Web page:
Authorities and stakeholders educate learners of Hope Fountains Combined School in Halfway House

Midrand Police, Sanca Midrand and the Church of Scientology talk to high school learners and young adults about the dangers of drug abuse.

The Midrand police’s social crime prevention desk together with other stakeholders held a safety talk at Home Fountain Combined School in Halfway House.

The police were accompanied by gender-based violence brigades, Victim Empowerment Counsel (VEC), Church of Scientology SA and South African National Council on Alcoholism and Drug Dependence (Sanca) Midrand.
The talk was conducted on February 10 from 11:00–12:00 before addressing employers at National Credit Regulator in Randjespark.

Sanca volunteer Lesego Makalela, Ke Moja coordinator Andisani Makhadi and Chinell Abdul before addressing NCR employers in Randjespark. Photo: Sphiwe Masilela

The organisations addressed about 250 high school learners about the effects of drugs and bullying.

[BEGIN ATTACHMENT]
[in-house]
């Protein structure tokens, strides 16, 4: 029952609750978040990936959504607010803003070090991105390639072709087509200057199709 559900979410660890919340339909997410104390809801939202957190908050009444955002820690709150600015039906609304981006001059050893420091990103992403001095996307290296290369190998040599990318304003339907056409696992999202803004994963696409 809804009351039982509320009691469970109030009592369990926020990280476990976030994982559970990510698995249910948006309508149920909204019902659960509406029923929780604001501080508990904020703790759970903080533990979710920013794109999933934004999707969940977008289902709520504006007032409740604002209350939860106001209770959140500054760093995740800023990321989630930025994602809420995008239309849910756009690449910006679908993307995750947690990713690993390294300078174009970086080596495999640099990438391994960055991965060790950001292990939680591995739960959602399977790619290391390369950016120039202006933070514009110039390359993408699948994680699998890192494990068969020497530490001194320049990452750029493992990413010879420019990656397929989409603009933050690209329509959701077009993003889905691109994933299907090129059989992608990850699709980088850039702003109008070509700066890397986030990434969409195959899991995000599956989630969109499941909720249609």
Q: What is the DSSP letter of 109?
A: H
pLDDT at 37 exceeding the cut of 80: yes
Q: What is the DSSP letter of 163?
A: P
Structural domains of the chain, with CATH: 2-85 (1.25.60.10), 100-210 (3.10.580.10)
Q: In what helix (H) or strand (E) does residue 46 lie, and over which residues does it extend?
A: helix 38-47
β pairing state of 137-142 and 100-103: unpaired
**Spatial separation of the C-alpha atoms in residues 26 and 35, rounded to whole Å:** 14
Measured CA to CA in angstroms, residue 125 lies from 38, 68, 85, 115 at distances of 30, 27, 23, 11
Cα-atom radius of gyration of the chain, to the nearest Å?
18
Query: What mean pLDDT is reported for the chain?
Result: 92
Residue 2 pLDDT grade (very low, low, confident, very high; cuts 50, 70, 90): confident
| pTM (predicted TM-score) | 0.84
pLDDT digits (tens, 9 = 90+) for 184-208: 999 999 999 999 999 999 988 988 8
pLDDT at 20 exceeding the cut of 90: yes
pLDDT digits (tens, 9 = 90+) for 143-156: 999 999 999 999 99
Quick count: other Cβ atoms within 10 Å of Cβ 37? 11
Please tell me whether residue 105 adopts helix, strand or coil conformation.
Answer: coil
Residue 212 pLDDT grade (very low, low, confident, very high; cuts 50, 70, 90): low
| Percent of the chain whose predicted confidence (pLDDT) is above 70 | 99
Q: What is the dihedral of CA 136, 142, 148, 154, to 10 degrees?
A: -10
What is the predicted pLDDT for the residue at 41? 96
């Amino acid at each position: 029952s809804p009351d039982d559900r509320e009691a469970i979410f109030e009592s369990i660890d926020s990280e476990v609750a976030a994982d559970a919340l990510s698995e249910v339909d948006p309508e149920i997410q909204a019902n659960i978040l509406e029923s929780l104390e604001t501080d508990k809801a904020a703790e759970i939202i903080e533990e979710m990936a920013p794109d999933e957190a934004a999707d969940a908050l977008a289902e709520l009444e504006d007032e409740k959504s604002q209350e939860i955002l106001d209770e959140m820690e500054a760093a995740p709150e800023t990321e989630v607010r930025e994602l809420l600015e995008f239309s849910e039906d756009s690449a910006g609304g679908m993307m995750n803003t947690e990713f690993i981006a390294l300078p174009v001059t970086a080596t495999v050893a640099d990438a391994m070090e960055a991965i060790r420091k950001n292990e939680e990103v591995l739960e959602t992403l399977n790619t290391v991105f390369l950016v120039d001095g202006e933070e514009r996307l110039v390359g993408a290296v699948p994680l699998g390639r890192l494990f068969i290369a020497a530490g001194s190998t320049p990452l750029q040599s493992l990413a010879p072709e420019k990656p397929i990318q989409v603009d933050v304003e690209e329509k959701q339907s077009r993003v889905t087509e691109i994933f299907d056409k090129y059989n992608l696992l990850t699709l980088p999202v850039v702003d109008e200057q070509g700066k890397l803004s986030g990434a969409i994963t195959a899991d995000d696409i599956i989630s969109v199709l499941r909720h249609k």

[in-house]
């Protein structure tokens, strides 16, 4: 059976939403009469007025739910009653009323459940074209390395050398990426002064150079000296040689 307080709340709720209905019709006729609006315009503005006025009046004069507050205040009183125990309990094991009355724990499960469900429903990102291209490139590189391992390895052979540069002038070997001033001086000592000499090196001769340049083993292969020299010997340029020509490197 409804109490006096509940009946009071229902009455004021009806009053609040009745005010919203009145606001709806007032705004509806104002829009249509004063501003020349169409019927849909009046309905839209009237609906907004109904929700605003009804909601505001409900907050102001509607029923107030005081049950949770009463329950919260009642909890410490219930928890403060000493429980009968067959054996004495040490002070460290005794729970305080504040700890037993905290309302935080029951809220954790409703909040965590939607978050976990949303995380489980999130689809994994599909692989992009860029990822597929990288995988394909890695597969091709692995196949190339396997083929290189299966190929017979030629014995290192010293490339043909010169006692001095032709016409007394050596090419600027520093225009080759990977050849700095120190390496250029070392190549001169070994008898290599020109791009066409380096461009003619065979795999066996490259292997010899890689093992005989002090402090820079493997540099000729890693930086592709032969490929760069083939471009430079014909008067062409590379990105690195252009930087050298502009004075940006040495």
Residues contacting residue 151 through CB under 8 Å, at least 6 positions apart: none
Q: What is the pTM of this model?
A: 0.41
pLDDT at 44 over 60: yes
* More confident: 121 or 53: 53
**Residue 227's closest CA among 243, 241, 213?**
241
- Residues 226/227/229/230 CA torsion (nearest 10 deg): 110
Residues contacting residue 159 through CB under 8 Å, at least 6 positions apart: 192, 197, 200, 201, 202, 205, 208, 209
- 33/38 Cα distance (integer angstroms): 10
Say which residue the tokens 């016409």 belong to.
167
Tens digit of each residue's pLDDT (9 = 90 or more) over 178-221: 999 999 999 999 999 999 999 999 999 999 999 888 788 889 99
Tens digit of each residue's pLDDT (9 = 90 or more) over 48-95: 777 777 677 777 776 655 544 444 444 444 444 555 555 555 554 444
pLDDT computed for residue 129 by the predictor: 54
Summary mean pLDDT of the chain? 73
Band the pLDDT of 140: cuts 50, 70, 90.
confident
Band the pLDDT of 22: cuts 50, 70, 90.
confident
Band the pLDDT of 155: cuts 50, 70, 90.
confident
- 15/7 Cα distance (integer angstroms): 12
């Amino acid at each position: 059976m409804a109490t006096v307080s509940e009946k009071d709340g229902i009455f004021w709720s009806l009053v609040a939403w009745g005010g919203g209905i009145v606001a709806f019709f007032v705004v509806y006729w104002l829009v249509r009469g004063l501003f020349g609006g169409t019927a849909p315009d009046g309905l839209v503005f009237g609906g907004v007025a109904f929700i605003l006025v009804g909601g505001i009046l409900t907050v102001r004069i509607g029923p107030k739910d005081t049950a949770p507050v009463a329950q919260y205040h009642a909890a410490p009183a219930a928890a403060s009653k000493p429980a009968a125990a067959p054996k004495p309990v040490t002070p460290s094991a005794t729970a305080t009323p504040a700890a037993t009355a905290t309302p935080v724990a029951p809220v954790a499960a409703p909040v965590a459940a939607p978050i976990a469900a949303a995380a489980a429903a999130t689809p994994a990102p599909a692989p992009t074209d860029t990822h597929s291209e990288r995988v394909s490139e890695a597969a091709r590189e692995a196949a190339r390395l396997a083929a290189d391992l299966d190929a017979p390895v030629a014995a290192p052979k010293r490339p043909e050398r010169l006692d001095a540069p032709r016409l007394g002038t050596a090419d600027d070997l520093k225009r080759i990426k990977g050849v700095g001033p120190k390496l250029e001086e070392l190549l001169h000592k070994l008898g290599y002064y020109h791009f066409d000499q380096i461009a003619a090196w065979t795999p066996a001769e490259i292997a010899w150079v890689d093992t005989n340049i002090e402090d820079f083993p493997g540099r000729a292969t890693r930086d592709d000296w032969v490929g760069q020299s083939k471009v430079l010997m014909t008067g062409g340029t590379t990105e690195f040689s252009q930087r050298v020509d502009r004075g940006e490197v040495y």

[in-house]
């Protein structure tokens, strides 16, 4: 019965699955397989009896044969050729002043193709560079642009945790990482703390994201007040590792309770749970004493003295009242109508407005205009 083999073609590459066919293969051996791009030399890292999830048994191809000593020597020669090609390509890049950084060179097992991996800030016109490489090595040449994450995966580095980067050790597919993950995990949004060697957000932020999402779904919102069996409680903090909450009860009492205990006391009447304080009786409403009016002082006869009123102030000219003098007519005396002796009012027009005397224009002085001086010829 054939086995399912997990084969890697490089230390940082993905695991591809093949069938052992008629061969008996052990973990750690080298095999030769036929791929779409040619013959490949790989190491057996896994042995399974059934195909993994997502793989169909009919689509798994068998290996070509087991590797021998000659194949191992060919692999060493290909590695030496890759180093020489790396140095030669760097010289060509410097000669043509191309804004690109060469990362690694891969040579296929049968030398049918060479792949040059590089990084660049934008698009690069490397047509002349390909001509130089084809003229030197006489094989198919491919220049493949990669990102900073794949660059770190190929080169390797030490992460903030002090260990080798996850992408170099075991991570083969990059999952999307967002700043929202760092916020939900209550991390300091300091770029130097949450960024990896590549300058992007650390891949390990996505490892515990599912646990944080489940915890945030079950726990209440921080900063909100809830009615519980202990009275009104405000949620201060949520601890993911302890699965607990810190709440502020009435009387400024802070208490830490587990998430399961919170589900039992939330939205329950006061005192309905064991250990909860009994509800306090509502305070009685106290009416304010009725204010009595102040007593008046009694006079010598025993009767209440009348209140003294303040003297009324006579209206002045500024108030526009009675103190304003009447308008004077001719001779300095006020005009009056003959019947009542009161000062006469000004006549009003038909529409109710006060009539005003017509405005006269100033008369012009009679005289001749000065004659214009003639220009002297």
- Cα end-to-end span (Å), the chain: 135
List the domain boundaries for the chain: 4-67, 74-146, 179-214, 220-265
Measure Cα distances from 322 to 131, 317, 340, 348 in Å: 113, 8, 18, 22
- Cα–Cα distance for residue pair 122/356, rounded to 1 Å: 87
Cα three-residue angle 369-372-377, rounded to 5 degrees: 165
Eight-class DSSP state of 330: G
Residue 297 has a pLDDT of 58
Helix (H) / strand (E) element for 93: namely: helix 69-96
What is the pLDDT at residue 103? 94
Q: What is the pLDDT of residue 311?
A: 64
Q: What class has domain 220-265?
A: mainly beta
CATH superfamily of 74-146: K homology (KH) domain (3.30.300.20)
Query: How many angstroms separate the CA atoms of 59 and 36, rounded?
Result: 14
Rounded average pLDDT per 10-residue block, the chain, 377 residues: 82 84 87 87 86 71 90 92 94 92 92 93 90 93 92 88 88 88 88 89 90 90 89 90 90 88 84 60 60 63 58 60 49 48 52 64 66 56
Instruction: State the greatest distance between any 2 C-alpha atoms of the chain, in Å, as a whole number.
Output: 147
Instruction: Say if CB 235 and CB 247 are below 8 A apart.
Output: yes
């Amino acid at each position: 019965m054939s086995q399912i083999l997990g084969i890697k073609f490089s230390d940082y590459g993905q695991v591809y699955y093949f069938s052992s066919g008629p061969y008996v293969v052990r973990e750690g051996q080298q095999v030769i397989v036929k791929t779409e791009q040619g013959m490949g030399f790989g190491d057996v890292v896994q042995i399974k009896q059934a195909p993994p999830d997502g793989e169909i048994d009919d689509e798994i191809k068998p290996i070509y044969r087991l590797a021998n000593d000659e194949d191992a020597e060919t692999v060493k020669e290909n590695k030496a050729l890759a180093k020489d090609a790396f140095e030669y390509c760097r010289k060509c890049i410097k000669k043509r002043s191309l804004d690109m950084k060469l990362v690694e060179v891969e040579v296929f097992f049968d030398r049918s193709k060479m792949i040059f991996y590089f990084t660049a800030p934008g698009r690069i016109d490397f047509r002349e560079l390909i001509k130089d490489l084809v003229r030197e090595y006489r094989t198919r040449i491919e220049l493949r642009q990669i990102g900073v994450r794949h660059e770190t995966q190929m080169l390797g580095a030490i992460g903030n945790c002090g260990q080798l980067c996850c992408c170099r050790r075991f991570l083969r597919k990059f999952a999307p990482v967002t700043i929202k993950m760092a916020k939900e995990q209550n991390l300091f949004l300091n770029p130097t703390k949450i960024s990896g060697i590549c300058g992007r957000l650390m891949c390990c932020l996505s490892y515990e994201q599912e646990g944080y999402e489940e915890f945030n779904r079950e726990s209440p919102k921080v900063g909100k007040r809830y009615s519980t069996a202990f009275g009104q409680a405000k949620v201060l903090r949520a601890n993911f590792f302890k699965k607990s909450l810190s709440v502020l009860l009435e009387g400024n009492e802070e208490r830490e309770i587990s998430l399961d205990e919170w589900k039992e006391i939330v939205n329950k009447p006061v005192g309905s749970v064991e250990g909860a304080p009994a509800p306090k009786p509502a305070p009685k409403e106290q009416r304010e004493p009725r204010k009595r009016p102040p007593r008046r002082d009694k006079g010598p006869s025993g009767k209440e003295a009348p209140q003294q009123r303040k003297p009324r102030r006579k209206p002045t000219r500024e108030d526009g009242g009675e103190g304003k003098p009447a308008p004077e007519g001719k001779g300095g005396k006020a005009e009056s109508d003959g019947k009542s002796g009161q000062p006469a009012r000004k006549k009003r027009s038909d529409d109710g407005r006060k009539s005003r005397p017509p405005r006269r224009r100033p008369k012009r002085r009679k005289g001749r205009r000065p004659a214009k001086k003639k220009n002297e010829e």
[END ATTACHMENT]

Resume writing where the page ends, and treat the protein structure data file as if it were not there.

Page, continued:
School principal Sihlanganiso Khumalo said the school asked for the drug awareness talk in a bid to educate learners and arranged with the Midrand police, who then invited the other stakeholders.

He said the learners were important to the school and urged them to grasp the message and apply it in their day-to-day life.
“Our ethos is to seek to provide quality Christian education. And our goal is to nurture young people who will be drug-free, efficient and effective in growing the economy. So, a leaner that we want to produce to be useful to the community and the nation as whole,” said Khumalo.

Acting station spokesperson Sergeant Angelina Selowa said, “During the address, the police conducted a school safety talk addressing substance abuse and bullying. We addressed 250 learners and distributed 200 pamphlets.”

Community affairs director at the Church of Scientology Alice Meiring said they have been working with the Midrand police on different humanitarian programmes for the past three years. “The centrepiece of the anti-drug lecture was the Truth About Drugs booklet, which provides basic information about the most commonly used drugs, their harmful effects on the mind and the body. The purpose of this lecture was to enable the youth to make their own educated decision on whether to use drugs or not,” said Meiring.

Sanca Midrand Ke Moja coordinator Andisani Makhadi said, “The reason we extend our awareness campaigns in workplaces, is because we want to target young adults who are working. Reason being a person never escapes the danger of substance abuse as long as they are exposed to it.”

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